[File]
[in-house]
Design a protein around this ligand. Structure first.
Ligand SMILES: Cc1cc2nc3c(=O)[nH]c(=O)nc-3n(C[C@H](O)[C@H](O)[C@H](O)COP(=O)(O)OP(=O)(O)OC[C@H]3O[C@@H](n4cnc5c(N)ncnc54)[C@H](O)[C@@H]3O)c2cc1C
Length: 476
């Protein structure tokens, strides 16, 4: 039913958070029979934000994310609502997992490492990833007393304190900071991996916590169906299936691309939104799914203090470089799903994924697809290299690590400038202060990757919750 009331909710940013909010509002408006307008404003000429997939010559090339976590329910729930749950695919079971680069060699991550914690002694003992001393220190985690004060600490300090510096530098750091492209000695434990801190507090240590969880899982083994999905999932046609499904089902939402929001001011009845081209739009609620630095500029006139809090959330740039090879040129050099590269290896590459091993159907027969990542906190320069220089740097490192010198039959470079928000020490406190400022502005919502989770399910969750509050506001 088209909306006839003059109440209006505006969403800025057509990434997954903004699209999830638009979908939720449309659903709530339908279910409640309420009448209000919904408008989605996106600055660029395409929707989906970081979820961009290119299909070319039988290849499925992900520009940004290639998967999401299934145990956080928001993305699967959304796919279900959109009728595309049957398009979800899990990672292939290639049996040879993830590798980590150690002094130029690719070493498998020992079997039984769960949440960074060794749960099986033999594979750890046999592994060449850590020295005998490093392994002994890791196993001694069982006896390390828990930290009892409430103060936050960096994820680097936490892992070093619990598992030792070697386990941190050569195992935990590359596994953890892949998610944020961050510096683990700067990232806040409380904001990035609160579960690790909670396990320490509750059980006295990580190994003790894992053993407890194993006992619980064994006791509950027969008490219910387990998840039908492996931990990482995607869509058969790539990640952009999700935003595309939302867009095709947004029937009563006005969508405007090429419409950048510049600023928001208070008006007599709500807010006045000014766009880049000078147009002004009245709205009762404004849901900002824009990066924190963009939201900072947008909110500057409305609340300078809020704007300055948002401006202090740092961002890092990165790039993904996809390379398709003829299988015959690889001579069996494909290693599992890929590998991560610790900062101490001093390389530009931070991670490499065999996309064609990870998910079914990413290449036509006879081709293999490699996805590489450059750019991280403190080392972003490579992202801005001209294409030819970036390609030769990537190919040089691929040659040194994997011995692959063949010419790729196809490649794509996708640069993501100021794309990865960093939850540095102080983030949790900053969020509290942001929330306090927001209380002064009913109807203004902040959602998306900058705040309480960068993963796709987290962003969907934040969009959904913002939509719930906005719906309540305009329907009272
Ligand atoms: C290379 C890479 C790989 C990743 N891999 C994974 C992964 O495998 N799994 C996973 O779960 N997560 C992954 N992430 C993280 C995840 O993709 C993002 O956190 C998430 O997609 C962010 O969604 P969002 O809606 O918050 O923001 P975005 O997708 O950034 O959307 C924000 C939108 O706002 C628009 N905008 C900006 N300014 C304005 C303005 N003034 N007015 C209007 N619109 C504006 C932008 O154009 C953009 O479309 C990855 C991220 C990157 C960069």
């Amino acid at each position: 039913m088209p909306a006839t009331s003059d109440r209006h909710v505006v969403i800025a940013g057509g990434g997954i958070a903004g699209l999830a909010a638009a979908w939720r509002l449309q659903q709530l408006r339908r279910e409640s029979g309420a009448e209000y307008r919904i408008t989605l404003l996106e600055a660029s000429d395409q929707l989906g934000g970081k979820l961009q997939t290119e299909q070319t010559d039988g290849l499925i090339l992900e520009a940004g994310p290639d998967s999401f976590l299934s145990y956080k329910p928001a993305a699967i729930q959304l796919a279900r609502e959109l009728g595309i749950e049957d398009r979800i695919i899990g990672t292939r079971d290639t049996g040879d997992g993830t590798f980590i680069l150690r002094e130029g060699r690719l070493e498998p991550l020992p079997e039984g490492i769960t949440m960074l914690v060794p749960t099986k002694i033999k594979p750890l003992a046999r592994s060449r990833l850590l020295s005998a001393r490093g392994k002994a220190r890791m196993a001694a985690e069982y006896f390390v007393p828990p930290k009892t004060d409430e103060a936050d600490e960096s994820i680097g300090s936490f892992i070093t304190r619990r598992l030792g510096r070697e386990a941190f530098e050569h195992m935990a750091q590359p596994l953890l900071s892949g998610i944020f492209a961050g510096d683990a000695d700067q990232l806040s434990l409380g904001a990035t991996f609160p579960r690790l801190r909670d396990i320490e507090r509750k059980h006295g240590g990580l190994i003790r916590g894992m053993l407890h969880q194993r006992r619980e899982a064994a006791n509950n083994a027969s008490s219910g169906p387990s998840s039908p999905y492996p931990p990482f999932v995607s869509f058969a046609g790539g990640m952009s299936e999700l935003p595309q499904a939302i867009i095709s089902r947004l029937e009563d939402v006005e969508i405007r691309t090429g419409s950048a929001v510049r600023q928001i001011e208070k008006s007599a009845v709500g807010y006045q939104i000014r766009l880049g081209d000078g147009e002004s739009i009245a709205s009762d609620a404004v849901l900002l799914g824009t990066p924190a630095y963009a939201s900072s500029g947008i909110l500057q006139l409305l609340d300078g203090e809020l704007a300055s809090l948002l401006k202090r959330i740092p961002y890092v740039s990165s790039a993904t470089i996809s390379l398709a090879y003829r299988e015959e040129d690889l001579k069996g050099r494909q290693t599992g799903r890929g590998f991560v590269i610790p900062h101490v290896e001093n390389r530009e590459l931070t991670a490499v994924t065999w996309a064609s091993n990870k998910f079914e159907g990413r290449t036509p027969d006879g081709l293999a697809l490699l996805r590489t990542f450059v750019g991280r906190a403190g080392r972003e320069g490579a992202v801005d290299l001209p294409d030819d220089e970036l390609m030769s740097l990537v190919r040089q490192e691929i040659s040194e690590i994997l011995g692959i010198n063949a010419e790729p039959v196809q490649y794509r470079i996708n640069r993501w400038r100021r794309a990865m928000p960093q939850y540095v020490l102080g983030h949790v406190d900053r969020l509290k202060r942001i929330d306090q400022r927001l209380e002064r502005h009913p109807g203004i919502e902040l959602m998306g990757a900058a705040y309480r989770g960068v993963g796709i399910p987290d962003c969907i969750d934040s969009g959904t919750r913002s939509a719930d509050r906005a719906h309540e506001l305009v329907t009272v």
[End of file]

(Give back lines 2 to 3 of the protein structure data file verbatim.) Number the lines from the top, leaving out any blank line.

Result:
Design a protein around this ligand. Structure first.
Ligand SMILES: Cc1cc2nc3c(=O)[nH]c(=O)nc-3n(C[C@H](O)[C@H](O)[C@H](O)COP(=O)(O)OP(=O)(O)OC[C@H]3O[C@@H](n4cnc5c(N)ncnc54)[C@H](O)[C@@H]3O)c2cc1C